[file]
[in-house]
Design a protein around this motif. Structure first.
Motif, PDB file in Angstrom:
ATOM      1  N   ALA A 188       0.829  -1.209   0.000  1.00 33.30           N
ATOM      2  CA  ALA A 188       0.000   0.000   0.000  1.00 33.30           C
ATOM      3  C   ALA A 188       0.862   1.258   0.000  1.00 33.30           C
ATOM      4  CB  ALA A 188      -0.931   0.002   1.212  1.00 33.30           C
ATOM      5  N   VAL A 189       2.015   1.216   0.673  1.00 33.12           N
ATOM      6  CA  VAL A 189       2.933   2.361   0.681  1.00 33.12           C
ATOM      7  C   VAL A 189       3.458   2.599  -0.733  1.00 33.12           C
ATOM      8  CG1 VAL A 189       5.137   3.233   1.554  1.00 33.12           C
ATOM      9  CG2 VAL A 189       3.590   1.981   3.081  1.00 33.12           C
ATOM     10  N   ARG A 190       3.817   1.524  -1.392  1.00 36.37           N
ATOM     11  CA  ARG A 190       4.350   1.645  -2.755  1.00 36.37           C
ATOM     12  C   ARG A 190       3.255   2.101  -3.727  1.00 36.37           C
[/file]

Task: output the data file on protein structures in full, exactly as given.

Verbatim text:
[in-house]
Design a protein around this motif. Structure first.
Motif, PDB file in Angstrom:
ATOM      1  N   ALA A 188       0.829  -1.209   0.000  1.00 33.30           N
ATOM      2  CA  ALA A 188       0.000   0.000   0.000  1.00 33.30           C
ATOM      3  C   ALA A 188       0.862   1.258   0.000  1.00 33.30           C
ATOM      4  CB  ALA A 188      -0.931   0.002   1.212  1.00 33.30           C
ATOM      5  N   VAL A 189       2.015   1.216   0.673  1.00 33.12           N
ATOM      6  CA  VAL A 189       2.933   2.361   0.681  1.00 33.12           C
ATOM      7  C   VAL A 189       3.458   2.599  -0.733  1.00 33.12           C
ATOM      8  CG1 VAL A 189       5.137   3.233   1.554  1.00 33.12           C
ATOM      9  CG2 VAL A 189       3.590   1.981   3.081  1.00 33.12           C
ATOM     10  N   ARG A 190       3.817   1.524  -1.392  1.00 36.37           N
ATOM     11  CA  ARG A 190       4.350   1.645  -2.755  1.00 36.37           C
ATOM     12  C   ARG A 190       3.255   2.101  -3.727  1.00 36.37           C